MB: Which brings us neatly on to one of the ways that you can help which is a donor fund, what exactly is a donor fund?
MG: The donor advised funds that we run are basically like a giving account. It works a bit like a bank account, although it's really important to understand that it's not a bank account. The way that it works is you set up an account with a provider like CAF, you donate money into that account, because CAF is a charity, so you've made a donation to CAF at that point, and that means you can put it on your tax return as made when the money goes into the account. Then you can either, a bit like a foundation would, you can invest that money, allow it to grow, allow it to sustain its value and give away the returns, or give away the money over time. Or, on a more short term basis, you can give the money out. You then ask us to make donations to your chosen charities, which can be anywhere in the world. The big advantage, particularly for Americans, is where there are these dual qualified vehicles like the CAF American Donor Fund, which is both a charity in the UK and in the US, you give in to that, and you've made a donation to a British charity and an American charity, it's tax effective in both countries. Then you can give to charities anywhere in the world from that account.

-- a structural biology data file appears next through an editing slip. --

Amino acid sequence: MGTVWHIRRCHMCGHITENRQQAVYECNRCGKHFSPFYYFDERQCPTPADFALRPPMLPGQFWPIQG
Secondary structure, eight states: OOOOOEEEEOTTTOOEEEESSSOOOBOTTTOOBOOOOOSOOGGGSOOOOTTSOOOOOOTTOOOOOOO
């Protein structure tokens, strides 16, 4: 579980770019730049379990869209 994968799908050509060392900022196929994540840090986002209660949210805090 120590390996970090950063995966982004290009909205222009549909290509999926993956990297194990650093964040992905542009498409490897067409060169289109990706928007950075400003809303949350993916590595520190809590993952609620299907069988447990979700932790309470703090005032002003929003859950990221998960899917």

MB: So the participants, your clients, they have control over everything that happens to that money?